Here are 6 examples of the grass-roots work paralegals do:
1. Pro Bono work. Supporting Pro Bon work gives back to local communities in immeasurable ways, and at the same time, is a valuable career tool. According to Adam Friedl, of Pro Bono Net in NAFPA’s 2014 annual conference webinar, the demand for paralegals in Pro Bono work is on the rise, and this opportunity provides valuable growth in professional development.[iv] In addition, the NAFPA instituted a guideline in their Codes of Ethics and Professional Responsibility, that paralegals should aspire to contribute 24 hours to community service work annually.[v] Volunteering under the direction of a lawyer, might afford ways to build substantive skills such as negotiation, give exposure to new experiences like jury trial, or provide ways to build your resume in particular fields.[vi] Friedl adds that when considering employment and the opportunity to do pro bono work, paralegals might consider the size of the firm, ways to present opportunities to in-house legal teams, or their unique skills, such as a second language.
2. Serving as Paralegal Community Advocates – Paralegals play vital roles in advancing community initiatives through their work in supporting advocacy projects. For instance, the Equal Justice Center in Dallas, Texas, a “non-profit law firm and systemic justice organization that represents low-wage working men and women who are exploited in the workplace. . .” hires paralegals to create outreach strategies, assist lawyers with discovery and investigations, as well as interact with communities to build relationships with disadvantaged or immigrant populations[vii]. The work paralegals do is often at the frontlines of advocacy efforts, and is an important part of legal social justice efforts.
3. Directly provide relief to their local communities. Paralegals can volunteer their time during national disasters by supporting organizations such as the National Disaster Legal Aid Resource Center. This organization serves the important role of linking communities facing unexpected circumstances to legal organizations, enabling families to normalize their lives again.[viii]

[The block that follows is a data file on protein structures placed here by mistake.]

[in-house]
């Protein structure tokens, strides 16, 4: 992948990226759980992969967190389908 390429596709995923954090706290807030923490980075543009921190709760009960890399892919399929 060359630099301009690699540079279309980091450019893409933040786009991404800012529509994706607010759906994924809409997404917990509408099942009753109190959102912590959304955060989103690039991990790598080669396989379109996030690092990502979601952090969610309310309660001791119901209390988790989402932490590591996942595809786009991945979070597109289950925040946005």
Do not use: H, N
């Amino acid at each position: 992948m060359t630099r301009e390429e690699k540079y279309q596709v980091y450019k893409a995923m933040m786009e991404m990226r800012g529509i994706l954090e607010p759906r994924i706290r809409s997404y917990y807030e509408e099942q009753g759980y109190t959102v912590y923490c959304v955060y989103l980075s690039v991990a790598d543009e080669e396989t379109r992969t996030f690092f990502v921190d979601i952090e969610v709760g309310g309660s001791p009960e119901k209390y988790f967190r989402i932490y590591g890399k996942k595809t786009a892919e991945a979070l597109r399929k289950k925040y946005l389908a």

4. Paralegals can often have extended opportunities to serve causes they care about.Paralegals might help specific populations, such as those who serve our nation. For example, the Wills for Local Heroes program started after September 11, 2001, provides free estate planning to first responders, a large percentage of whom often do not prepare wills in advance[ix]. A variety of other initiatives, such as the Military Pro-Bono Project assists junior-enlisted, active-duty personnel with civil legal issues, many whom may be serving abroad in zones of conflict while addressing legal concerns[x]. Other organizations address the needs of veterans, caregivers, and military families, as well as a broad range of groups that give back to society without asking for anything in return.
5. Paralegals can have direct influence on changes in their profession. Some paralegals take it upon themselves to change rules or access to opportunities in the paralegal domain, affecting the future of the profession. One such paralegal is Charlene Sabini, who embarked on a mission to persuade her local Bar Association in Oregon to extend ‘affiliated membership’ to non-lawyer support professionals, allowing them greater access to educational opportunities, invitations to events, and greater visibility in the legal community[xi]. She shares her experience in her article, “Making a Difference 101”:
“The growth of the legal assistant/paralegal profession is now, in some firms, greater than merely a secretarial slot. We are no longer simply assistants to a profession—we are a profession unto ourselves. . .””[xii]
6. Paralegals act as change agents on a global level. According to Stanford Graduate School of Business, paralegals have affected wide-reaching changes by empowering marginalized groups with legal resources and advocating for people in historically difficult periods, such as during apartheid and conflict in Sierra Leone.[xiii] U.S. Non-Profit organizations such as the Open Society Justice Initiative work with Community-based paralegals in other countries, to support human rights initiatives and the rule of law[xiv]. Although, paralegals cannot directly perform some of this work in the US, they can volunteer time to organizations and initiatives that do so.
The paralegal profession is rewarding in that it provides individuals diverse opportunities to do work related to specific causes close to their heart, where they wish to make an enduring impression.